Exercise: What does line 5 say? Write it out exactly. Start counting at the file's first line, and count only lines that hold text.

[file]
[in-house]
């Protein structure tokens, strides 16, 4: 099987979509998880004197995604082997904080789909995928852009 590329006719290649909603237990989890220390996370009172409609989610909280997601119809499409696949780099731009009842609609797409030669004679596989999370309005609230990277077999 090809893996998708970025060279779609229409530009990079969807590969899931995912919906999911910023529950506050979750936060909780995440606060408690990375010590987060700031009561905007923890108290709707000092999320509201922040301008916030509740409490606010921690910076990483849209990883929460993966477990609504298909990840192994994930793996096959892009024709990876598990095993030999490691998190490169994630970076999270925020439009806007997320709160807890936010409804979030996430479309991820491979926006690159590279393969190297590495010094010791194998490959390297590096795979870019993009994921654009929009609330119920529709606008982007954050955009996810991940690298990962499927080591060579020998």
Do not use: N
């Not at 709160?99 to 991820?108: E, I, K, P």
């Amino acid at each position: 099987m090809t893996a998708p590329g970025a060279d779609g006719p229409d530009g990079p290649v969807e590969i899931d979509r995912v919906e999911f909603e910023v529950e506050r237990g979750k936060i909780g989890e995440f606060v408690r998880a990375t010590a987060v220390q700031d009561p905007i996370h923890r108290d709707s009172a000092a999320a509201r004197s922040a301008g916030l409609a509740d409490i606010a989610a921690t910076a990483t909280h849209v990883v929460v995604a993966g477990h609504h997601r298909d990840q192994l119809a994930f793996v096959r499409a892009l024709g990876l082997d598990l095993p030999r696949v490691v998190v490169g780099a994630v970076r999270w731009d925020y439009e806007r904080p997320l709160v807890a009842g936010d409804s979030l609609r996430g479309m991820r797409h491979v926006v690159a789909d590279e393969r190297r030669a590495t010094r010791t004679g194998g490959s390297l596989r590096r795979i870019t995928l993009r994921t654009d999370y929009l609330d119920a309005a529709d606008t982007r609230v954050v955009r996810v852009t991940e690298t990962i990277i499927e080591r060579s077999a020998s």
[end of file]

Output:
């Amino acid at each position: 099987m090809t893996a998708p590329g970025a060279d779609g006719p229409d530009g990079p290649v969807e590969i899931d979509r995912v919906e999911f909603e910023v529950e506050r237990g979750k936060i909780g989890e995440f606060v408690r998880a990375t010590a987060v220390q700031d009561p905007i996370h923890r108290d709707s009172a000092a999320a509201r004197s922040a301008g916030l409609a509740d409490i606010a989610a921690t910076a990483t909280h849209v990883v929460v995604a993966g477990h609504h997601r298909d990840q192994l119809a994930f793996v096959r499409a892009l024709g990876l082997d598990l095993p030999r696949v490691v998190v490169g780099a994630v970076r999270w731009d925020y439009e806007r904080p997320l709160v807890a009842g936010d409804s979030l609609r996430g479309m991820r797409h491979v926006v690159a789909d590279e393969r190297r030669a590495t010094r010791t004679g194998g490959s390297l596989r590096r795979i870019t995928l993009r994921t654009d999370y929009l609330d119920a309005a529709d606008t982007r609230v954050v955009r996810v852009t991940e690298t990962i990277i499927e080591r060579s077999a020998s």